5 inch guns on USS Missouri
Phalanx 20mm radar controlled CIWS aboard USS Missouri
Phalanx 20mm radar controlled CIWS aboard USS Missouri
Aft 16 inch gun turret on USS Missouri
Aft 16 inch gun turret on USS Missouri

During the refit the USS Missouri was also fitted with extensive electronic counter measures and decoy systems to survive in modern sea warfare. With modern innovation and improved weapons the crew during this period was reduced from 2,700 (WW2) to 1,851.

USS Missouri in the 1980's - the new weapons systems can be clearly seen on the ship BB-63 Battleship
USS Missouri in the 1980’s – the new weapons systems can be clearly seen on the ship (Photo Source: US Navy)

Once ready for duty an around the world voyage was in order. USS Missouri set out from Long Beach, California to Hawaii, Australia, across the Indian Ocean, through the Suez Canal to Turkey, Italy, Spain, Portugal and then through the Panama Canal to return home. This was the first such voyage by a US Navy battleship since President Theodore Roosevelt ordered “The Great White Fleet” of 16 battleships that were all painted white to circumnavigate the world from 1907-1909 as a show of the growing might of the US military (this fleet included BB-11 the second ship in the US Navy to be called USS Missouri).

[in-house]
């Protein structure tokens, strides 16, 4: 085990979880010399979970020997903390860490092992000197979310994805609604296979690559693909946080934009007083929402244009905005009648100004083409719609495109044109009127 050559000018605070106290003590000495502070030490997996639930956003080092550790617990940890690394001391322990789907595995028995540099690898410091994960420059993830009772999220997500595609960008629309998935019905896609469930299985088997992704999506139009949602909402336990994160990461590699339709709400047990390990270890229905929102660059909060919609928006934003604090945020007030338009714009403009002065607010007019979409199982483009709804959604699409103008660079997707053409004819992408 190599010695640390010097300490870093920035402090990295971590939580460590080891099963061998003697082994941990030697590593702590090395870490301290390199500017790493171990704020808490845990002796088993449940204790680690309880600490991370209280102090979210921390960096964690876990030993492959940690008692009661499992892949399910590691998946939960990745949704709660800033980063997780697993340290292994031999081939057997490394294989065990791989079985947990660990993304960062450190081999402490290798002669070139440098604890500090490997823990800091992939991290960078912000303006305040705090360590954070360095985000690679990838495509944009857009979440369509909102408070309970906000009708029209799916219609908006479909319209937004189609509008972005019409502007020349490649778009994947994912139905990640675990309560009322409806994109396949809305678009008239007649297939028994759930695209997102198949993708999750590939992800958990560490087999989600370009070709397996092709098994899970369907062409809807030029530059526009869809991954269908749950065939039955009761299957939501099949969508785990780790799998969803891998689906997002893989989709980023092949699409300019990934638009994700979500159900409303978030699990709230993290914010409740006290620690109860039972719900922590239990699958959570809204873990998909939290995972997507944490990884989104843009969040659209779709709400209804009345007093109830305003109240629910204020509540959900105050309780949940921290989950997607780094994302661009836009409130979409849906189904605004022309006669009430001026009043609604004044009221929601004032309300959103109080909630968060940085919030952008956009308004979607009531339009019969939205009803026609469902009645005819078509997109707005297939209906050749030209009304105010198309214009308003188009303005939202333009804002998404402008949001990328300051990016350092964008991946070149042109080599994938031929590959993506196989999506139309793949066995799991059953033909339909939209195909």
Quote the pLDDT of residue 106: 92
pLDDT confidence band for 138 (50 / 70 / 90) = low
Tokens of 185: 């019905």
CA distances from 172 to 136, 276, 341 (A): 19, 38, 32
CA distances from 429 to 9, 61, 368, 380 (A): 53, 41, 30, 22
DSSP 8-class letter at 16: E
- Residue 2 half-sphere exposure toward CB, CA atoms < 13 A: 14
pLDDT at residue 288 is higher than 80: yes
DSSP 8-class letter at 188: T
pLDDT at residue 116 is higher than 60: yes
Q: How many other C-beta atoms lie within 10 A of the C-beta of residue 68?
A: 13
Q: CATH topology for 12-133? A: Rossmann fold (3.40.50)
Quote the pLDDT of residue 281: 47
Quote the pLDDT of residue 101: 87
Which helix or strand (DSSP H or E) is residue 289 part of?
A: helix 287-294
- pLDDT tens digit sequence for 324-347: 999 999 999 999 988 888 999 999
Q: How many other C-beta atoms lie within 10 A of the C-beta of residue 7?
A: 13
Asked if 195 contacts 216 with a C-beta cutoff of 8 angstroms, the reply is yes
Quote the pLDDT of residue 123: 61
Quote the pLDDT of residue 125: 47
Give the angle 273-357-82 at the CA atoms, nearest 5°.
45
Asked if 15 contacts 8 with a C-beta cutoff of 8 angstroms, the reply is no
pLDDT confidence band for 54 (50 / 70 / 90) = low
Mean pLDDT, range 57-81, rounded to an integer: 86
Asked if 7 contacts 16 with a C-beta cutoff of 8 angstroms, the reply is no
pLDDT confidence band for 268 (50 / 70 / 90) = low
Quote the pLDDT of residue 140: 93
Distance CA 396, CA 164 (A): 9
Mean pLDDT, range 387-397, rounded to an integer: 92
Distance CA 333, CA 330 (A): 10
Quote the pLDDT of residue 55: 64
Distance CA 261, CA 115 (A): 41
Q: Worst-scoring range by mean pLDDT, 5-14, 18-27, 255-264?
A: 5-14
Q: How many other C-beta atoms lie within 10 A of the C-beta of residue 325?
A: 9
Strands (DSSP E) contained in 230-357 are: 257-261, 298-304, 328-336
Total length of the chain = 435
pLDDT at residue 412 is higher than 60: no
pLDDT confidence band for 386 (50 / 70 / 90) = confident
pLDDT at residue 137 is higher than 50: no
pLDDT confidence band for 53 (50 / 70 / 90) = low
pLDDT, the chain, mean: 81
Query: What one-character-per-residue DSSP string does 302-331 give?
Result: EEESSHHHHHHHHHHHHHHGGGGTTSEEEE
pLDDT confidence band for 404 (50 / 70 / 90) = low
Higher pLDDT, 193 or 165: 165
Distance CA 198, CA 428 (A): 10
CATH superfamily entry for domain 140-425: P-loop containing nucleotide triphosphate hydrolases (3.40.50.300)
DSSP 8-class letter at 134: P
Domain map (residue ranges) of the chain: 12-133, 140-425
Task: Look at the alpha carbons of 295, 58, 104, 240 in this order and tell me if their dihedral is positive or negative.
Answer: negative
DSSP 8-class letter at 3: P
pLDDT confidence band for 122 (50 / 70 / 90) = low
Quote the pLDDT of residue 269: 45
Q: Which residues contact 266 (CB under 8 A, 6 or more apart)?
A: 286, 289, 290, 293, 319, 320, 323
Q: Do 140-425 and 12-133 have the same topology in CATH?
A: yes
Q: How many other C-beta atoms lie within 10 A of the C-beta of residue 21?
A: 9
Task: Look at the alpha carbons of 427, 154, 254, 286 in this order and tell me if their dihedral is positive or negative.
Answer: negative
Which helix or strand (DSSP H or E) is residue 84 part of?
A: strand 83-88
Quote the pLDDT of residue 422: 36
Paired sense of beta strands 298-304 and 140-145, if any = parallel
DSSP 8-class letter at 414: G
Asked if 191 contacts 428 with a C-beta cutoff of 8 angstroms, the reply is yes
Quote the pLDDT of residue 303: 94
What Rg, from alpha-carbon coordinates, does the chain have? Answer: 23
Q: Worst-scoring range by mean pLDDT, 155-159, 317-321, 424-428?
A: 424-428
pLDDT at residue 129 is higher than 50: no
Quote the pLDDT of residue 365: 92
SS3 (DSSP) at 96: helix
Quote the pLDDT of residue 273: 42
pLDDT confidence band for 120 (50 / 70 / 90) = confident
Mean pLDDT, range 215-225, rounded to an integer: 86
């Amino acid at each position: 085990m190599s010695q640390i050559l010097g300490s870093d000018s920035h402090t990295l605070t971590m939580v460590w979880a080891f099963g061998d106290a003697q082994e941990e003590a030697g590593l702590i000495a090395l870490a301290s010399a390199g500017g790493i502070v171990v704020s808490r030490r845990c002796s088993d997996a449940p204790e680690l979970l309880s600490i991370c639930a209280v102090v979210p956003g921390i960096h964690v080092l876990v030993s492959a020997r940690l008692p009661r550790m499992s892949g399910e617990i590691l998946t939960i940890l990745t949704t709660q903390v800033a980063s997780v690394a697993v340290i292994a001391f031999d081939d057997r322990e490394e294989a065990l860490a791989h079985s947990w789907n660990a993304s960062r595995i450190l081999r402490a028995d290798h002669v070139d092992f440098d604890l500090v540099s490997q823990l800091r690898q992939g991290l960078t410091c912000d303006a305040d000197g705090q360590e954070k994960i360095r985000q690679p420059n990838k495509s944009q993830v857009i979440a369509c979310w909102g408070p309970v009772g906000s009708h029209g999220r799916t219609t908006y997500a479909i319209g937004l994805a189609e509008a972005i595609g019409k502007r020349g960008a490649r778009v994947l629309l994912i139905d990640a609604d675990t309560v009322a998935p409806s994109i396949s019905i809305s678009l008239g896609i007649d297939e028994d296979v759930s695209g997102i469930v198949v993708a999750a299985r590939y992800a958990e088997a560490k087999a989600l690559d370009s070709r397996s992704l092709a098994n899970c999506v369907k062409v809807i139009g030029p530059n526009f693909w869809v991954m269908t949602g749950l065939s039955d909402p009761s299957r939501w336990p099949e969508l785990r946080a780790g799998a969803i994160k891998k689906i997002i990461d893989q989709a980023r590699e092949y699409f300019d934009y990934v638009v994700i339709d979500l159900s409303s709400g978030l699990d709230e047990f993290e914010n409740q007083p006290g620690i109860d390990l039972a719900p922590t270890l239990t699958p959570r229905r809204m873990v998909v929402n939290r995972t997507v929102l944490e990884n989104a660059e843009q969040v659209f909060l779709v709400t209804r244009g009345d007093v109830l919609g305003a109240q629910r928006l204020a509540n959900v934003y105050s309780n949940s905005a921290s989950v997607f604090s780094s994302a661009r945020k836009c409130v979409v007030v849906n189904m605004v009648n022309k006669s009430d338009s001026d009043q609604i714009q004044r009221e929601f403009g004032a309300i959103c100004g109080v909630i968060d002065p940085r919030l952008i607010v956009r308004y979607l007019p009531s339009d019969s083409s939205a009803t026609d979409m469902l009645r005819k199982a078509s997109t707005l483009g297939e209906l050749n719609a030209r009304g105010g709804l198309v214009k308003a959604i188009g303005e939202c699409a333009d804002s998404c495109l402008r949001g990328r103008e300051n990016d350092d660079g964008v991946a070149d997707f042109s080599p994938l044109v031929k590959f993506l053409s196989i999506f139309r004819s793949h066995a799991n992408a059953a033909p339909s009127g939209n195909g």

The Great White Fleet sets sail in 1907 US Navy
The Great White Fleet sets sail in 1907 (Photo Source: US Navy Heritage Centre)

In 1987 the battleship headed to the Persian Gulf to participate in Operation Earnest Will (July 24th, 1987 to September 26th,1988) which was a mission to escort oil tanker convoys to protect them from Iranian aggression. It was a tense time in the region and the battleship was there to protect from Iranian high-speed attack boats and shore based Silkworm anti-shipping missiles (20mm grenade launchers and 25mm chain guns were fitted to the USS Missouri to counter such threats).

In July 1988 the battleship headed to Hawaii for the Rim of the Pacific (RIMPAC) military exercises involving navy ships from Australia, Canada, Japan and the US. This was a great display of the formidable firepower USS Missouri could unleash